Western Balkans is ideal nearshoring destination, says EBRD regional director

Western Balkans is ideal nearshoring destination, says EBRD regional director
By Clare Nuttall in Glasgow February 26, 2024

With its strategic location bordered by European Union countries, the Western Balkans is emerging as a destination for nearshoring and “friendshoring”, the European Bank for Reconstruction (EBRD) director for the Western Balkans, Matteo Colangeli, told bne IntelliNews ahead of a conference aimed at promoting the region as an investment hub.

The region of six EU-aspiring countries is seen as having high potential for increased foreign direct investment (FDI) amid the interest in shortening supply chains triggered by the disruptions caused by the coronavirus (COVID-19) pandemic and global trade wars. 

“The Western Balkans is ideally placed as a nearshoring destination because if you look at the map it is an island inside the EU. You can’t get nearer than that," said Colangeli. 

“Friendshoring is also an important angle. Despite the complexities, it’s clear that this part of the world carries comparatively less political risk than most alternative investment destinations for European manufacturers,” Colangeli added. 

He acknowledged that it is early days to see whether there has actually been a shift in investment to the region. “We are seeing lot of FDI coming to the region, but it’s not easy to connect the dots and connect it to something being closed elsewhere.” 

New enlargement impetus 

Colangeli made the comments in an interview with bne IntelliNews ahead of the EBRD’s Western Balkans Investment Summit conference that brings together leaders from six Balkan countries each year to promote the region as an investment destination, particularly to investors from outside the region, including the UK.

"This year's conference is particularly timely as we strive to showcase a new impetus in the EU approximation journey. EU leaders are sending a clear signal that initiatives such as the New Growth Plan for the Western Balkans, coupled with certain benefits of EU membership, will create new positive momentum in the region,” he said. 

Optimism regarding EU accession for the Western Balkans has increased, despite the countries’ long and sometimes frustrating path towards deeper EU integration. "This region has no alternatives to EU integration," said Colangeli. ”It's just a matter of how fast and in which form."

The war in Ukraine, which started two years ago this week, spurred a renewed political willingness to accelerate the region's approximation toward the EU. The last two years have seen Ukraine, Moldova, Georgia and Bosnia & Herzegovina admitted as candidate countries, and the go-ahead for Albania and North Macedonia to start accession negotiations. 

At the same time, the European Commission is working on the New Growth Plan for the Western Balkans that involves €6bn in loans and grants, as well as access to the EU single market.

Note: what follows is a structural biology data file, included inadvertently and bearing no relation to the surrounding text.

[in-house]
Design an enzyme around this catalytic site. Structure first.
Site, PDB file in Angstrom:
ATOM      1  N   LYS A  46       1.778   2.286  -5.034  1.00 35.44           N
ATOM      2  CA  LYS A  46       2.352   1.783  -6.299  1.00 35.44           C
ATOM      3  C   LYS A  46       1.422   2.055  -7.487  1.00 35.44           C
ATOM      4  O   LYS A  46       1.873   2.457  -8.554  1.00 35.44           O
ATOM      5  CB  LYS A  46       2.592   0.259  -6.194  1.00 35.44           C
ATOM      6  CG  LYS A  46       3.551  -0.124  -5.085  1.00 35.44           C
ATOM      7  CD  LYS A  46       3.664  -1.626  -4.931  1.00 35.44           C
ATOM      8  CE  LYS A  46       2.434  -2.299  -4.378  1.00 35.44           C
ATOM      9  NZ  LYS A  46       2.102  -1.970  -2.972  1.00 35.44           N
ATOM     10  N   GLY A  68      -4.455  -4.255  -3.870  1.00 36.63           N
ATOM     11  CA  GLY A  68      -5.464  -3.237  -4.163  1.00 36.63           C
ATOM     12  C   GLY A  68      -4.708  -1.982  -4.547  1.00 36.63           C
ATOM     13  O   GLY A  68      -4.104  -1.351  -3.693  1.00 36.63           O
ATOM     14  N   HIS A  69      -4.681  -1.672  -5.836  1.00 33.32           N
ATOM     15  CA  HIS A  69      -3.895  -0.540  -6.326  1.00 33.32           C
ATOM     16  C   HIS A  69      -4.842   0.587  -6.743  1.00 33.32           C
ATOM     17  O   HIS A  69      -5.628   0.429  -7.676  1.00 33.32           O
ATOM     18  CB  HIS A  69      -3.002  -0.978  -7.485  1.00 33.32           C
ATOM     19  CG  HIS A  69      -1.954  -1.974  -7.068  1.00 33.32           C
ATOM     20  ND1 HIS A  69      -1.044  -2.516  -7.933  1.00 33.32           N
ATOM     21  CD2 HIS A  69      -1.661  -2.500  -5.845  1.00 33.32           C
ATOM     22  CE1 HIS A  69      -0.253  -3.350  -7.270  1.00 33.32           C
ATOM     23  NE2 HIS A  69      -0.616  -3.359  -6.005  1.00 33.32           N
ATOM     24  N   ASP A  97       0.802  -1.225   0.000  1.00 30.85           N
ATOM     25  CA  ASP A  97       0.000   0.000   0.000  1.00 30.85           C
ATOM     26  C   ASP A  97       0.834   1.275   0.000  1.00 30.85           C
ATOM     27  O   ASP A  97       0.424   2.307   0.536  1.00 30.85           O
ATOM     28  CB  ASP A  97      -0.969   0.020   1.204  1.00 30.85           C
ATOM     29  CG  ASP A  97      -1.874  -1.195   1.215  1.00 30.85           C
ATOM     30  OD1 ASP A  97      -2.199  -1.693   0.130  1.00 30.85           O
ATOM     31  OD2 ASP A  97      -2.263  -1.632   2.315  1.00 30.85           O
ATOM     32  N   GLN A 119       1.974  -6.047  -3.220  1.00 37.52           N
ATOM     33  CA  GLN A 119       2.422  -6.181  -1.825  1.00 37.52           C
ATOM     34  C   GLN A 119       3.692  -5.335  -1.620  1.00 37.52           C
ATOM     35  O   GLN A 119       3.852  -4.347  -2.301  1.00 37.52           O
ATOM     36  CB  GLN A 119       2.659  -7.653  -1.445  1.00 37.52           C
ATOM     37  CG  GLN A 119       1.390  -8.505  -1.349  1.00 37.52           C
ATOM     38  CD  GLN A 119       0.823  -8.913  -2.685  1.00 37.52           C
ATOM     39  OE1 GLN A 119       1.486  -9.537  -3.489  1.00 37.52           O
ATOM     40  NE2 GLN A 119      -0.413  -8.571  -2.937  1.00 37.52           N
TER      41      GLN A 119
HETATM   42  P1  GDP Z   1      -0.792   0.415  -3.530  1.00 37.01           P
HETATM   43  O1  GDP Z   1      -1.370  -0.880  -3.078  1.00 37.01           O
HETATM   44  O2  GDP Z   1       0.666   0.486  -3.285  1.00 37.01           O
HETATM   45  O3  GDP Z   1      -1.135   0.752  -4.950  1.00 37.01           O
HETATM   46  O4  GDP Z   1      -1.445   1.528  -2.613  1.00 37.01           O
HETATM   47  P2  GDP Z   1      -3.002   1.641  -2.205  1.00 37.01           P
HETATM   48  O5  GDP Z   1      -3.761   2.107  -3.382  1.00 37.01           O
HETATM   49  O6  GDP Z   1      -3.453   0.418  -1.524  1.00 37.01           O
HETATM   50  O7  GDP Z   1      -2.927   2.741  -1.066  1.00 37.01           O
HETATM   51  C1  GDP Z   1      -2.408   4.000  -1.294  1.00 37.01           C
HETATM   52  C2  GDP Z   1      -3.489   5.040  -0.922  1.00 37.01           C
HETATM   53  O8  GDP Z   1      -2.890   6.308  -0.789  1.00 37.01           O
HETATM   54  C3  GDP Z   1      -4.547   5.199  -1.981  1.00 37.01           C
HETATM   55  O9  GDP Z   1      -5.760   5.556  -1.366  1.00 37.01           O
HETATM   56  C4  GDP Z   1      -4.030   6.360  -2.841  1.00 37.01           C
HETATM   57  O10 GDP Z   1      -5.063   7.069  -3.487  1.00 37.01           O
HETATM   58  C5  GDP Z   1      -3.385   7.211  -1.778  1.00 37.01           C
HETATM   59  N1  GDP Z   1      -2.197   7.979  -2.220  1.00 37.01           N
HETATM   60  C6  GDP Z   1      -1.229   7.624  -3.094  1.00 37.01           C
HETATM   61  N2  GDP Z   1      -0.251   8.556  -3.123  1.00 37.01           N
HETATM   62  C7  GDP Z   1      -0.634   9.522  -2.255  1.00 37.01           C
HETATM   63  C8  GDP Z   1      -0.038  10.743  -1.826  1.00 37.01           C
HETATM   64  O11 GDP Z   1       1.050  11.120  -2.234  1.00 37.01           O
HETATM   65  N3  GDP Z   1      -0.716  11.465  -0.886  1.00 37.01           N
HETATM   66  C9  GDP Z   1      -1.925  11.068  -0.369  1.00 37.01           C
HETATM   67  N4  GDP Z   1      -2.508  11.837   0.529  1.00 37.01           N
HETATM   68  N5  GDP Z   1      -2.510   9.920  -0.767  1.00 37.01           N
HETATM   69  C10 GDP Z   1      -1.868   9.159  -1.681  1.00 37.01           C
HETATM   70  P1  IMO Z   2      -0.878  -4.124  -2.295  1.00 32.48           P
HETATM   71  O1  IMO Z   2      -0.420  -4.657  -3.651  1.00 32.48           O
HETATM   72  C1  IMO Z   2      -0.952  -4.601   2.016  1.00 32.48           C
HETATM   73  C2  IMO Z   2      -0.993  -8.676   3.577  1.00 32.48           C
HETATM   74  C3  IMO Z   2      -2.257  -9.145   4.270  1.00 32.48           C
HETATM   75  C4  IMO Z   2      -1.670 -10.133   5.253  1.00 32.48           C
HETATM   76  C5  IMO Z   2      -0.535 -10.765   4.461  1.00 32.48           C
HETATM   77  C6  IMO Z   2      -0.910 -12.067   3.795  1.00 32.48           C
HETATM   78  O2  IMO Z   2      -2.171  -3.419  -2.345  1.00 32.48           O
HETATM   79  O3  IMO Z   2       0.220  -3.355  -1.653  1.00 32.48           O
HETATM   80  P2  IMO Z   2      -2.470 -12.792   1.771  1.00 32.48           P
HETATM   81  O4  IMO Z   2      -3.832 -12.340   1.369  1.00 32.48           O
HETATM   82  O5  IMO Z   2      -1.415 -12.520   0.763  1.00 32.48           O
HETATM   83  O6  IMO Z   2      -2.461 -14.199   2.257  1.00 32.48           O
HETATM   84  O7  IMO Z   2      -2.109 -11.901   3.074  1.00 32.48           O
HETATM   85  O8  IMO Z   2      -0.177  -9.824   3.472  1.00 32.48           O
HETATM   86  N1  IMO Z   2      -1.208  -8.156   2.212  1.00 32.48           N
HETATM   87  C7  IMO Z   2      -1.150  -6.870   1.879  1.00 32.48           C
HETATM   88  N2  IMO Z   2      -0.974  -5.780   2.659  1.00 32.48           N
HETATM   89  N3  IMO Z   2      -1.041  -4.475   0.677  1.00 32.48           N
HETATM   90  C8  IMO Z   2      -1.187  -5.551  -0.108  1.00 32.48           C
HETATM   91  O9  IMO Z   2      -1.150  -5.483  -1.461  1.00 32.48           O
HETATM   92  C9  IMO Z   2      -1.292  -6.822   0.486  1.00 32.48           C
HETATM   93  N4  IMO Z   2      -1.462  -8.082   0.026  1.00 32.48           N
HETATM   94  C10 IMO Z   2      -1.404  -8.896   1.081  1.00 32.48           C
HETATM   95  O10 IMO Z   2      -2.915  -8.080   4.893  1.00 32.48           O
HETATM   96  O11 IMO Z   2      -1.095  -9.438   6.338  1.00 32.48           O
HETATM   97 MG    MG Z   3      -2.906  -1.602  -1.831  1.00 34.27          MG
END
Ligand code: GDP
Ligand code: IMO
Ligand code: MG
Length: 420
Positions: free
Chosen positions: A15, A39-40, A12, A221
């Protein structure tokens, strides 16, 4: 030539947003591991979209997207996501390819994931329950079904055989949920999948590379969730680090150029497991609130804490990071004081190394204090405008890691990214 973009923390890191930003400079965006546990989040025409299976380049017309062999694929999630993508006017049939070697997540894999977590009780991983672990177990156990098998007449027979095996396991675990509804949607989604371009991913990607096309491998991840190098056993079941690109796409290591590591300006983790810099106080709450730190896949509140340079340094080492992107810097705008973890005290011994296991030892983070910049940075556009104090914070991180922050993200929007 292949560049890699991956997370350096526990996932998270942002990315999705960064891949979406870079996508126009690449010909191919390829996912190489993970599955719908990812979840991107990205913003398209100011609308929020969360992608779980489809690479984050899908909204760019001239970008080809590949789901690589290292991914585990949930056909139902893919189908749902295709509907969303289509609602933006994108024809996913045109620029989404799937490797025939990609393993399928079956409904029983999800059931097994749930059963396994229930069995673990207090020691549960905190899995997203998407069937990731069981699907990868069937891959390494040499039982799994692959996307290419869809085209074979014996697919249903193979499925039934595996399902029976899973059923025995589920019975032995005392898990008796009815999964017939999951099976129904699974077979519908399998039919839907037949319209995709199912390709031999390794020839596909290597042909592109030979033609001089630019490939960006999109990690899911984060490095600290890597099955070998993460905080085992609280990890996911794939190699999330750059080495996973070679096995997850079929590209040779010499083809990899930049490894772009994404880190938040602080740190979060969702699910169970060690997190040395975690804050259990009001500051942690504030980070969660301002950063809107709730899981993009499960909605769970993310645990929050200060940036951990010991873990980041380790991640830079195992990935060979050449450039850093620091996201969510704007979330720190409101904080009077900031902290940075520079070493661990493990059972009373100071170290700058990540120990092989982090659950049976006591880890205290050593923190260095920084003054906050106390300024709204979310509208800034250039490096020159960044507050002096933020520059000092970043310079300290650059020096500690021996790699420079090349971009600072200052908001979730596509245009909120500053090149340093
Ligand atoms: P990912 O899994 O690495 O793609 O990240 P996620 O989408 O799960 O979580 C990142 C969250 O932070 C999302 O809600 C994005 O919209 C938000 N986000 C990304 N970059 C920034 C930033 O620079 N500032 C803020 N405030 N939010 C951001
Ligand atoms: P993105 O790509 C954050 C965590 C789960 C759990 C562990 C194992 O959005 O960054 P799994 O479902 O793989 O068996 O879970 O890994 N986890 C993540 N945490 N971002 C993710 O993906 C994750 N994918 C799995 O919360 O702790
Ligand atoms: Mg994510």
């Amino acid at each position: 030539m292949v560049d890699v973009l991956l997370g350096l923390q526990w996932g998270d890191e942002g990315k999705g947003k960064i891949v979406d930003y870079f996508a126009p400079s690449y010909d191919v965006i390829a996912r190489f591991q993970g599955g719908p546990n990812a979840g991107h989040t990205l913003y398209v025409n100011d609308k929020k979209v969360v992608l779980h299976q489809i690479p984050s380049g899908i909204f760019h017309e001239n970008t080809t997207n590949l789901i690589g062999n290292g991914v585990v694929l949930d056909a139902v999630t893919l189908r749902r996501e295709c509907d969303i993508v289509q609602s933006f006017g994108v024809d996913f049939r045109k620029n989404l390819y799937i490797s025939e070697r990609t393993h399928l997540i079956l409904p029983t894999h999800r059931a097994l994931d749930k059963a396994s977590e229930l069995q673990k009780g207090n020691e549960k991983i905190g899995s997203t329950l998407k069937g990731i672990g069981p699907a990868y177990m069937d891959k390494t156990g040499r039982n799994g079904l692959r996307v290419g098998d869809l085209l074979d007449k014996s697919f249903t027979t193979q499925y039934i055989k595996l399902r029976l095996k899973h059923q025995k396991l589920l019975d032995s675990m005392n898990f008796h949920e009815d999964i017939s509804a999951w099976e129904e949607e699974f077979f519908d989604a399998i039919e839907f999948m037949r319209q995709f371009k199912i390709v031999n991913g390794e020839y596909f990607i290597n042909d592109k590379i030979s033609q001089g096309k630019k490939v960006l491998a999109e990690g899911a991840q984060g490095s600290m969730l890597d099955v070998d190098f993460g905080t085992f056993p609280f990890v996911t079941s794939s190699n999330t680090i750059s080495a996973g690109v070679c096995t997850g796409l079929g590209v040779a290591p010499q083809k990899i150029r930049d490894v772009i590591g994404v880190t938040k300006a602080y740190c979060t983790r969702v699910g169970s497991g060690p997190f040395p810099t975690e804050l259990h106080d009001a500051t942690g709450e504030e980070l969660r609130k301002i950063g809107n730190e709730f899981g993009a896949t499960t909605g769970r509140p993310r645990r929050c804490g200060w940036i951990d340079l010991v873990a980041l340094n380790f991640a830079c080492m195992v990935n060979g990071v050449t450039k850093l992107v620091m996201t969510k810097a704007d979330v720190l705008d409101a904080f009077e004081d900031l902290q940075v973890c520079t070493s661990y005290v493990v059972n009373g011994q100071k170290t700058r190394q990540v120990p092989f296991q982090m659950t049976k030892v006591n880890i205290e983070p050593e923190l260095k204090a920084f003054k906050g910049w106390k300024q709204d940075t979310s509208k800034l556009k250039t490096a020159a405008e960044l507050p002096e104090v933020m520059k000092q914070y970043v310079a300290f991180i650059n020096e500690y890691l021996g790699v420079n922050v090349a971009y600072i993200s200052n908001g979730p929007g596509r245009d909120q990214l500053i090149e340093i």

“For a long time the EU dream has been in the background, but now geopolitics is accelerating matters. It’s understood in most countries that the opportunity is real, perhaps more real than it’s been in the past,” said Colangeli. 

Challenges to tackle

But while the progress on EU accession makes the region more attractive to investors, there are still a number of challenges to address. Colangeli singled out infrastructure as an area in need of investment given the big gap between the region and the EU. 

“The region still suffers from very big infrastructure gap with the EU. This gap needs to close, which will require very substantial investments,” he said. 

Specifically, he pointed to both transport infrastructure and environmental infrastructure. “Transport infrastructure impacts the ability of investors who choose to come here to move their goods out of the Western Balkans towards the EU.” On top of that, there is the need to speed up procedures at borders across the region, where long queues of trucks are a common sight. 

Environmental infrastructure, meanwhile, impacts demography and migration trends, according to the banker. “People are leaving because they want to have children in a place where the air quality is better and environmental services are good enough.” 

That has contributed to the brain drain in countries across the region, which has experienced a sharp decline in population over the last three decades. 

“The challenge for the region is be to retain talented people … workers are in really short supply in some countries,” said Colangeli. “More and more often we see workforce coming to the region from outside for certain industries, which was unthinkable five or 10 years ago. In construction, for example, Asian workers are imported to the region to fill the gap.” 

Also relevant is investors’ relationship with the local authorities. “Another important factor in securing investment flows is the ability not only to promote the country but also to deliver on an individual investor basis,” according to Colangeli. 

“Serbia is very efficient in terms of negotiating deals with investors and delivering on those deals in a timely and reliable manner. A lot of German companies are in Serbia because those who came first found a reliable partner, and that attracted more. Success stories breed more success, and vice versa.”